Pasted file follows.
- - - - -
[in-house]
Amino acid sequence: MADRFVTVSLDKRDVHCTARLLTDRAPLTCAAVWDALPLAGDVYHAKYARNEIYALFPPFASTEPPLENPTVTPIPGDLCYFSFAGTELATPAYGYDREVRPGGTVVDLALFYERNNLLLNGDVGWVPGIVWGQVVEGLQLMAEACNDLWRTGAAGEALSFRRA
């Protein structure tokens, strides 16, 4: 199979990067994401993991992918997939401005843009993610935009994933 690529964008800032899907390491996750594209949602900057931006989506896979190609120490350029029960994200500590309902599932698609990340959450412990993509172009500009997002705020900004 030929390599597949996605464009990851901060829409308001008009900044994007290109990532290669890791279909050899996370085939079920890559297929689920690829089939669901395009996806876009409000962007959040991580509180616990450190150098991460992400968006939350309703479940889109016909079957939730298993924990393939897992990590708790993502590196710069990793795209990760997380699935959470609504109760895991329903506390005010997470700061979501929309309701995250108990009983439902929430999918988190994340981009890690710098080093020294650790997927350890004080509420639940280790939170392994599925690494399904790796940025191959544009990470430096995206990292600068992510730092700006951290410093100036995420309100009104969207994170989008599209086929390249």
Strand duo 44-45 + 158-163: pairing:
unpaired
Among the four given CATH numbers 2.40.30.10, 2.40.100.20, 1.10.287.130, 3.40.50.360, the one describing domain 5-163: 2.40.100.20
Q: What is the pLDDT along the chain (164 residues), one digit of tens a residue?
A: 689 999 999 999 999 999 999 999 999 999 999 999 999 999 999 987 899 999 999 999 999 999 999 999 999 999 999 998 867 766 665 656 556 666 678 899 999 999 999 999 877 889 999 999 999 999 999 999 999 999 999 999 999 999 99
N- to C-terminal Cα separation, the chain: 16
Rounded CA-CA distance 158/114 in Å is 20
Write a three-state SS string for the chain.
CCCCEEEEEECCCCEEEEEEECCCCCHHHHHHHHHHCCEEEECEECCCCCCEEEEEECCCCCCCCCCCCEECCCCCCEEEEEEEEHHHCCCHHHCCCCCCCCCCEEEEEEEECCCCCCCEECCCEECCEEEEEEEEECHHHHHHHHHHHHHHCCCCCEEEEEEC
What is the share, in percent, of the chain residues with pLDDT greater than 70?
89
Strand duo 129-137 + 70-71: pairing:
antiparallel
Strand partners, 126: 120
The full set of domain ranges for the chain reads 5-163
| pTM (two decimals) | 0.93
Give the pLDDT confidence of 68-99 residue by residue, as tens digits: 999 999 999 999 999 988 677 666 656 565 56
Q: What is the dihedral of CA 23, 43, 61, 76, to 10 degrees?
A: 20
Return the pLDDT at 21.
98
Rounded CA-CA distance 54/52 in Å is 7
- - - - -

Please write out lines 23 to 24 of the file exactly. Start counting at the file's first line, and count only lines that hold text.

Return the pLDDT at 21.
98